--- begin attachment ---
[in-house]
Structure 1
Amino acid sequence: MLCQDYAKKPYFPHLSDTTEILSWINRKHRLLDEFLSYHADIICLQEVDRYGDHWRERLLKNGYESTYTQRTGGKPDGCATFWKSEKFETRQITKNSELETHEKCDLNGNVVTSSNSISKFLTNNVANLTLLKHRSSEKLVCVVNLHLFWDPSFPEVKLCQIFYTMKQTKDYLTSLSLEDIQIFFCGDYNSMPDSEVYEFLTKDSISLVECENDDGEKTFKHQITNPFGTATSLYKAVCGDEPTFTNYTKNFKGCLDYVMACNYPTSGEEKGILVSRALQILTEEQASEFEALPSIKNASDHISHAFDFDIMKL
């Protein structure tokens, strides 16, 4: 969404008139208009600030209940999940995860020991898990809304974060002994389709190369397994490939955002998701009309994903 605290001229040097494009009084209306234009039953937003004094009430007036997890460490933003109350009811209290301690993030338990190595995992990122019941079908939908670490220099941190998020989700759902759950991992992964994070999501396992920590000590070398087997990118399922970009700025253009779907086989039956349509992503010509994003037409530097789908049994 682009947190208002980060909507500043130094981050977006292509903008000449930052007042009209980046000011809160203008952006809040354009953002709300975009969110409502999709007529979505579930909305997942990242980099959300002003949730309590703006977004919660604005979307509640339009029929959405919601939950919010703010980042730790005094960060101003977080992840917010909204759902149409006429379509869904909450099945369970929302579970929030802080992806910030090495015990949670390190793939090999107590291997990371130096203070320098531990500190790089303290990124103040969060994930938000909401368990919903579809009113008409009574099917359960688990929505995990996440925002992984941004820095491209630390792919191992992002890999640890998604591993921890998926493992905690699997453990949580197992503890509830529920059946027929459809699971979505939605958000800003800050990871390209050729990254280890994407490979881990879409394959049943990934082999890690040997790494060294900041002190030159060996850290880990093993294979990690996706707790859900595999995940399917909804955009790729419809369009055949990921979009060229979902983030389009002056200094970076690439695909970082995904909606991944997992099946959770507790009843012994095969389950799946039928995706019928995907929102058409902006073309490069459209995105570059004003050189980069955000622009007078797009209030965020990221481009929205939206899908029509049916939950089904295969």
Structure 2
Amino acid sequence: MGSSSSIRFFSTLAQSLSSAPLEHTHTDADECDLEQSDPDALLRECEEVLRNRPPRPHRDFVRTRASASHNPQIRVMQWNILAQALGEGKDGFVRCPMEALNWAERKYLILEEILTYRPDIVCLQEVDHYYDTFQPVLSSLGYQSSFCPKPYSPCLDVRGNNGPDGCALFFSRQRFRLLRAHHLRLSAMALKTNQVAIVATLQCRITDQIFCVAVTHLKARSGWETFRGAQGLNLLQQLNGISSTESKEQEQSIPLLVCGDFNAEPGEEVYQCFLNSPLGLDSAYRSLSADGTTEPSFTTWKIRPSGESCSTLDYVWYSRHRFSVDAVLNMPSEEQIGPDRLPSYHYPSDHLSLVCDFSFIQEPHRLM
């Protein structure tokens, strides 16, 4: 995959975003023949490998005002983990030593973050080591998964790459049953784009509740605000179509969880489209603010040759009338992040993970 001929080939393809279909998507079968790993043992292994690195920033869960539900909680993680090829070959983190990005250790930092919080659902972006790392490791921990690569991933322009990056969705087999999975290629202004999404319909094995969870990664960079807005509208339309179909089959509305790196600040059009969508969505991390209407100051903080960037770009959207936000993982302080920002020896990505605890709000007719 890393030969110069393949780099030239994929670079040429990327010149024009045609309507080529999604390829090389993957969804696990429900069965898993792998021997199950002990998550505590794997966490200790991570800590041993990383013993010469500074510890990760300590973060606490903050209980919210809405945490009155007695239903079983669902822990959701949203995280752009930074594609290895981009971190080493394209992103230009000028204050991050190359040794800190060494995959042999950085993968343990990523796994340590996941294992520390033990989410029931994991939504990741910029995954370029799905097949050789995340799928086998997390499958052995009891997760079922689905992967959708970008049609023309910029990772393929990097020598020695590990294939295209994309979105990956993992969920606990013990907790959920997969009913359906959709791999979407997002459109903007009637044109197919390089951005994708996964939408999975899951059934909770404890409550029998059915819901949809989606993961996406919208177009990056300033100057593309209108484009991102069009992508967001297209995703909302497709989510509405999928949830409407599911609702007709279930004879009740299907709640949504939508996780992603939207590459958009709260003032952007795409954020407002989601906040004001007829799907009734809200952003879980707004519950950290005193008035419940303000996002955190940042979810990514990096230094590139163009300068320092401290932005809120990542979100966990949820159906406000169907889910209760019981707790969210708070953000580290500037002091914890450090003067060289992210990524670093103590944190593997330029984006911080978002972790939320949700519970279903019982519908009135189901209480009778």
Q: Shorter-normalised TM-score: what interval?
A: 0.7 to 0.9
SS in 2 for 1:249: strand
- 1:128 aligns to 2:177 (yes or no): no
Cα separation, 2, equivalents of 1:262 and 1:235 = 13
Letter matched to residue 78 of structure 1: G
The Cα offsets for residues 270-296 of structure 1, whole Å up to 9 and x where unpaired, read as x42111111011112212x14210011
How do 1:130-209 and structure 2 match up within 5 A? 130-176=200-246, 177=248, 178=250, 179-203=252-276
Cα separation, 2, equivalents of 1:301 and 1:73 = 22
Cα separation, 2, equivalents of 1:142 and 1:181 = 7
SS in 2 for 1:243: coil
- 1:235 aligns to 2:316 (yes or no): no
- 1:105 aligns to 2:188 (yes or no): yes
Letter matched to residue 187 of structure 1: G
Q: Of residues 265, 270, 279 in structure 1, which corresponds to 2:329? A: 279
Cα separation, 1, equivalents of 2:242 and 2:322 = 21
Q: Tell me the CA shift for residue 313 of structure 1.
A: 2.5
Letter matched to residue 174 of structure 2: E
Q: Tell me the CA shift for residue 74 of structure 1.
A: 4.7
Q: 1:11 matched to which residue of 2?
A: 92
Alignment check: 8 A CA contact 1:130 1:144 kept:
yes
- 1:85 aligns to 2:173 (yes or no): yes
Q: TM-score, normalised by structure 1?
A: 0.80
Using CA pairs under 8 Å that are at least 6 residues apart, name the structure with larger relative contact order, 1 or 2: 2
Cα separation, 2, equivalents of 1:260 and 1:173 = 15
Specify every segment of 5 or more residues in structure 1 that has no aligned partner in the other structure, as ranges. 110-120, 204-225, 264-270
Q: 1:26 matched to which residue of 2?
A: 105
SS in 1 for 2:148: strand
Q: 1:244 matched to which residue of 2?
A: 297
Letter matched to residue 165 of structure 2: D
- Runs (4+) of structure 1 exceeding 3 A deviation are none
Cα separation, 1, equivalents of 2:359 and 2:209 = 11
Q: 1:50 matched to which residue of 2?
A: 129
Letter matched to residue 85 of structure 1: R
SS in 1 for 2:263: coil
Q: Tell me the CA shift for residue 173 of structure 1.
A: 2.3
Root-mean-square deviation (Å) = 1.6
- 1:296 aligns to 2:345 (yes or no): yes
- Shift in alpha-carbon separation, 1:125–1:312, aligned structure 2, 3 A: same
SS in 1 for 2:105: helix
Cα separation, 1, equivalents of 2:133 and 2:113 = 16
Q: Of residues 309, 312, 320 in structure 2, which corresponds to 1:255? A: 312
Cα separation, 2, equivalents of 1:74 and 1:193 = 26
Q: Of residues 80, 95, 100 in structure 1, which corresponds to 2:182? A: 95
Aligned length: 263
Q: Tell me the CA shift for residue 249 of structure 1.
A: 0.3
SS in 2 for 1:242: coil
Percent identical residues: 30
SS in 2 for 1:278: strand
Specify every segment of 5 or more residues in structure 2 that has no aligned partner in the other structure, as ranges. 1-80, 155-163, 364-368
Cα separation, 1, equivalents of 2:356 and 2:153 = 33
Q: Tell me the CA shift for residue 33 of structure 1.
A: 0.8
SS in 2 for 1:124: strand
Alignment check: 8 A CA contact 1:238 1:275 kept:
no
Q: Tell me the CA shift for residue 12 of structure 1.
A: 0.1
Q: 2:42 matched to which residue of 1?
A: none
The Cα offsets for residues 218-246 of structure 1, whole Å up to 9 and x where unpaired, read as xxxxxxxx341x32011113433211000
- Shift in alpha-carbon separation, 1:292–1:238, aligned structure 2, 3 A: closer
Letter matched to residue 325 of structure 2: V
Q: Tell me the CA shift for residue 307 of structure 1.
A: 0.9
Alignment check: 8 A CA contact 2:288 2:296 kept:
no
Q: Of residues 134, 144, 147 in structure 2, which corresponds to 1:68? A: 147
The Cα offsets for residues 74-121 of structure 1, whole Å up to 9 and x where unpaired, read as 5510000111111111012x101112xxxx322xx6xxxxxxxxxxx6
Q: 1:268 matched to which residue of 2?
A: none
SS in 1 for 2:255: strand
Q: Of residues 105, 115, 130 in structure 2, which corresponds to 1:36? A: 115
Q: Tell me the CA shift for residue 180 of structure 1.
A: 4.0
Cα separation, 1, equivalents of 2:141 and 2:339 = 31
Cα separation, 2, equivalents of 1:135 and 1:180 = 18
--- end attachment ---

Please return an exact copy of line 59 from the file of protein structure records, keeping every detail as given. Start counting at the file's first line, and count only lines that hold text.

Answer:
Cα separation, 2, equivalents of 1:74 and 1:193 = 26